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Flowers for Algernon

Warning: Wikipedia contains spoilers.

Flowers for Algernon is a very moving science fiction story written by Daniel Keyes[?]. It was originally written as a novella, winning a Hugo award for Best Short Fiction[?] in 1960 and it was later extended into a full-length novel by the same name. It has also been filmed as Charly and even made into a musical. But to many people, the most moving and successful version of the story is the original novella.

The story is about a young mentally retarded janitor named Charlie who volunteers to take part in an experimental intelligence-enhancing treatment. Algernon is a rat who is also 'enhanced'. The story is told from his point of view (Charlie, not the rat) and written as a journal which he was asked to keep as part of the experiment. Succeeding entries trace Charlie's ever-increasing comprehension and intelligence as the treatments continue, until he reaches super-genius level. All seems to be proceeding according to plan, with results light-years better than what had been anticipated, until a fatal flaw is discovered. The neural enhancement cannot be sustained, and the young man is doomed to return to his original self, with his decay recorded in the journal.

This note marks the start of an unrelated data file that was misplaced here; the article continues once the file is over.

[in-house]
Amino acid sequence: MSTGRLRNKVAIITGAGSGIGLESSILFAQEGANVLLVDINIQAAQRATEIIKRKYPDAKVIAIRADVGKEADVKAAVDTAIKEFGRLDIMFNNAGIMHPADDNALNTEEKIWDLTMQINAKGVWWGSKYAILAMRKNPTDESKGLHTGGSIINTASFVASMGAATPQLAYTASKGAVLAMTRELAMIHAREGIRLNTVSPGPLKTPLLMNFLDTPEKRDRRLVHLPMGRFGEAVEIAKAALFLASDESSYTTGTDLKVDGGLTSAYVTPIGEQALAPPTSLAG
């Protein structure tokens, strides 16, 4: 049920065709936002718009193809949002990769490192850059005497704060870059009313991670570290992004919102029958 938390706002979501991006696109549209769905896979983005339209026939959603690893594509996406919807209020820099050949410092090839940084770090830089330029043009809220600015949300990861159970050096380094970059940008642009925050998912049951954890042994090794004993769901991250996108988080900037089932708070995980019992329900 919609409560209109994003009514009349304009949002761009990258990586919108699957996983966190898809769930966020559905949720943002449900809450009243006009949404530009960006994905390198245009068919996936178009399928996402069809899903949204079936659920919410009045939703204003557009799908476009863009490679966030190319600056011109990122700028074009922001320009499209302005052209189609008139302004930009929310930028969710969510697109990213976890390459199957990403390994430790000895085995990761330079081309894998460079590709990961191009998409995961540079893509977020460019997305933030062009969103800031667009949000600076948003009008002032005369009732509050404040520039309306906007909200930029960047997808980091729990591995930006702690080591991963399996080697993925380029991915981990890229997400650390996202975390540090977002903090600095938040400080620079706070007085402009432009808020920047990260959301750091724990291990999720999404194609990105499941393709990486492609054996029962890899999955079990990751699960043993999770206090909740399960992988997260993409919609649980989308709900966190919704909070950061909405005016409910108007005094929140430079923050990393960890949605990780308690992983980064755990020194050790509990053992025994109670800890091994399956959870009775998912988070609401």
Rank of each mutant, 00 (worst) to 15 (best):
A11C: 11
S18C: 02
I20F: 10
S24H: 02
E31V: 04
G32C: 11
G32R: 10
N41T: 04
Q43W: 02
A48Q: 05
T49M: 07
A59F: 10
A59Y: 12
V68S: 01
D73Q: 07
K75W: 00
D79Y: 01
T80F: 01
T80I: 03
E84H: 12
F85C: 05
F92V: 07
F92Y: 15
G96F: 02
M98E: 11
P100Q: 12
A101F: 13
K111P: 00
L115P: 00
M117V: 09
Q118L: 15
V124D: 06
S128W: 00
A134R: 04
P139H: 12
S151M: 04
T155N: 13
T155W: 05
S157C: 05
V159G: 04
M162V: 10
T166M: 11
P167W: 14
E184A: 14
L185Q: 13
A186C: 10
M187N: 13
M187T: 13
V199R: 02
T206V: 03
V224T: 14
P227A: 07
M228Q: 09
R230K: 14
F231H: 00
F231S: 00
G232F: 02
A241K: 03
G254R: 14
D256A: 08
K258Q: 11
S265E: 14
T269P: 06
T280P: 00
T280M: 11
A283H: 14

In Canada in January 1970, the Cranbrook School Board banned this grade nine text from the curriculum and the school library, after a parent complained that it was "filthy and immoral". The president of the BC Teachers' Federation criticized the action. This book was part of the BC Department of Education list of approved books for grade nine and was recommended by the BC Secondary Association of Teachers of English. A month later the board reconsidered, and returned the book to the library; they did not, however, lift its ban from the curriculum. [Mind War: Book Censorship in English Canada, p. 37; Not in Our Schools! p. 9]



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